Well, the Prop 8 proponents pointed to that incident and quipped that we couldn't get our act together and surmised it was a sign of ineffective leadership. (That was them talkin', not me.)
But what's this? Do I see the same thing happening on their side? Why yes I do.
The Campaign for California Families (CCF) is the rival to the Yes on 8 folks, but they're even more extreme in their beliefs, not only believing that same-sex marriage should be illegal but also any sort of recognition of gay relationships whatsoever.
CCF attempted to intervene on Strauss vs. Horton, which the Yes on 8 folks opposed, and they were denied. Then on August 19 they tried to intervene on Perry vs. Schwarzenneger (aka Prop 8 case), but Judge Walker denied their motion. They appealed to the 9th Circuit Court and appeared in a hearing earlier this month. The Recorder reported that the panel's judges appeared unsympathetic to CCF's Attorney Staver's attempt to identify CCF's particular interest as a proposed Perry party. Staver argued "that the official Prop 8 forces weren't adequately litigating the case and had stipulated away far too many facts" about gays and lesbians.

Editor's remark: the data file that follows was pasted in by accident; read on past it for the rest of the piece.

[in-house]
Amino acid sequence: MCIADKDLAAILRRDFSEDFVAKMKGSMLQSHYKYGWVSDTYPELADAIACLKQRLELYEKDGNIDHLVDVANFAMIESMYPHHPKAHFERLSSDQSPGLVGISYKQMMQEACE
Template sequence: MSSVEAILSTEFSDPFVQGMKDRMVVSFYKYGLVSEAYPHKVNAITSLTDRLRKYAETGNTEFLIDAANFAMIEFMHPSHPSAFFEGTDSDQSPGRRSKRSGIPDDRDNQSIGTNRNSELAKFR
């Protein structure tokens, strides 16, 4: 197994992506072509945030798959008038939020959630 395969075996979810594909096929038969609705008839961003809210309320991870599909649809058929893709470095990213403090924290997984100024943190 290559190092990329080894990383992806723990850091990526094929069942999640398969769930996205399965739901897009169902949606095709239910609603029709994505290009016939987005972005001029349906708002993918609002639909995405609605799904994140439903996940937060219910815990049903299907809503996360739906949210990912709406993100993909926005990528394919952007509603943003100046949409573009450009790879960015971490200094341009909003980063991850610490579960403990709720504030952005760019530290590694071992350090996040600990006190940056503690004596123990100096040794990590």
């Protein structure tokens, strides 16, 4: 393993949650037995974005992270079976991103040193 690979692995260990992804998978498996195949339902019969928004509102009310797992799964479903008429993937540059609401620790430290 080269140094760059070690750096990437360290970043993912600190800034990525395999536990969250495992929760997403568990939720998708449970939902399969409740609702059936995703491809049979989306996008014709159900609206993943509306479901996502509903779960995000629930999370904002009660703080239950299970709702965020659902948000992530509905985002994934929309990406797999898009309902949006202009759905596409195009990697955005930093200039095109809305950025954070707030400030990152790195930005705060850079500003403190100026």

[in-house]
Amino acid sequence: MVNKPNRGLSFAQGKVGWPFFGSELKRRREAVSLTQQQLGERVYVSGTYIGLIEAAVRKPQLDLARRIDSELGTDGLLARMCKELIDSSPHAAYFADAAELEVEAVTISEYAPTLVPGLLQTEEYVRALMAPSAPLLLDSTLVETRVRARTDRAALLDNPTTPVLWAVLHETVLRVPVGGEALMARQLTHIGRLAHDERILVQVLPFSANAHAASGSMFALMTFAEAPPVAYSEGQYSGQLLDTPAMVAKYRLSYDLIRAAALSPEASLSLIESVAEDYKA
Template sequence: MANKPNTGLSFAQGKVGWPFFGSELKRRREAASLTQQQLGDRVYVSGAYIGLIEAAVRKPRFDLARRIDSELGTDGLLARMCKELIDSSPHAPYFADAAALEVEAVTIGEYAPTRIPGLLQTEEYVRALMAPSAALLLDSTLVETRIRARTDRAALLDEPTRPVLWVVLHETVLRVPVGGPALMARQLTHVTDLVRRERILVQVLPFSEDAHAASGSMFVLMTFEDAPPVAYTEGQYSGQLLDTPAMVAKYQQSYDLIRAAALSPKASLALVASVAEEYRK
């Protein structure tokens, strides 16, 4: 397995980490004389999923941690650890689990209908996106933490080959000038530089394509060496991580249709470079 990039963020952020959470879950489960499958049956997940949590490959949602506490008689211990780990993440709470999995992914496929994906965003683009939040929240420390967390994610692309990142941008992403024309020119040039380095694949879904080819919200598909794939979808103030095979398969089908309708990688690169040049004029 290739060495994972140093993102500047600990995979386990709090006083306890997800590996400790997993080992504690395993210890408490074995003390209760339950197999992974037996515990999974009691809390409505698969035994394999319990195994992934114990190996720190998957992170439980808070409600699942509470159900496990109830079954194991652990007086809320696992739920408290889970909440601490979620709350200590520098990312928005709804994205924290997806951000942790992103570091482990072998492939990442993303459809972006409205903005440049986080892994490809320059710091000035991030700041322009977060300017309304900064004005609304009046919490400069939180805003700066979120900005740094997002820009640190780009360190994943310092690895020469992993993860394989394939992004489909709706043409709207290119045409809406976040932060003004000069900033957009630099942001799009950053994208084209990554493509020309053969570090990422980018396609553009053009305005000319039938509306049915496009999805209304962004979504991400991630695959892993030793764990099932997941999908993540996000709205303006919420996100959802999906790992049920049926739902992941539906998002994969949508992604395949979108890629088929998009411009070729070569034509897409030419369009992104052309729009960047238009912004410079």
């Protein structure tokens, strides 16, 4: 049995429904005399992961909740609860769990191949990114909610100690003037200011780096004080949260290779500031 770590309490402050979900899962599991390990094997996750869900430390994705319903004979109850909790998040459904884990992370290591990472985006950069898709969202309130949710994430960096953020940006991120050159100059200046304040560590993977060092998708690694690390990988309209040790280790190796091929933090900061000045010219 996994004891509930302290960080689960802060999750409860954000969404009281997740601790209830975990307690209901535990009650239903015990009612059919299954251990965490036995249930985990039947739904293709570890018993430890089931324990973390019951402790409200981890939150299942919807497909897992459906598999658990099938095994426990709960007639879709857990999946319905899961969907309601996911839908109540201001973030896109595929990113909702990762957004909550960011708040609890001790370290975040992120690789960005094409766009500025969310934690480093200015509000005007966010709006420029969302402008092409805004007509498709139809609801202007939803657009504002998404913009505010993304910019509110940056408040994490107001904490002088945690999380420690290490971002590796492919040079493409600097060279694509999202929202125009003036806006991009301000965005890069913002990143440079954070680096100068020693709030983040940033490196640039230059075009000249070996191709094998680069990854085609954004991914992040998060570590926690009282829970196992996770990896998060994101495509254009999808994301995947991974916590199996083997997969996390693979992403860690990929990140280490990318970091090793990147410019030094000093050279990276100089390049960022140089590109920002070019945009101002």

"As an alleged result, if Prop. 8 were upheld on narrow grounds, Staver claimed that it may be easier to show that gays and lesbians are a 'suspect class' - that they are a minority deserving heightened constitutional scrutiny when they seek constitutional protections," reported Proposition 8 and the Right to Marry.
Let's just say the Yes on 8 folks didn't like this very much because they do in fact intend to argue all the points that CCF are concerned will be ignored, including whether or not sexual orientation is immutable.
Judge Margaret McKeown wrote, "It is apparent to us that the ultimate objective of the campaign and the proponents is identical—defending the constitutionality of Proposition 8 and the principle that the traditional definition of marriage is the union of a man and a woman."
McKeown added, "Any differences are rooted in style and degree, not the ultimate bottom line."
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"All, too, will bear in mind this sacred principle, that though the will of the majority is in all cases to prevail, that will to be rightful must be reasonable; that the minority possess their equal rights, which equal law must protect, and to violate would be oppression."
- Thomas Jefferson, the third President of the United States, the principal author of the Declaration of Independence, and one of the most influential Founding Fathers.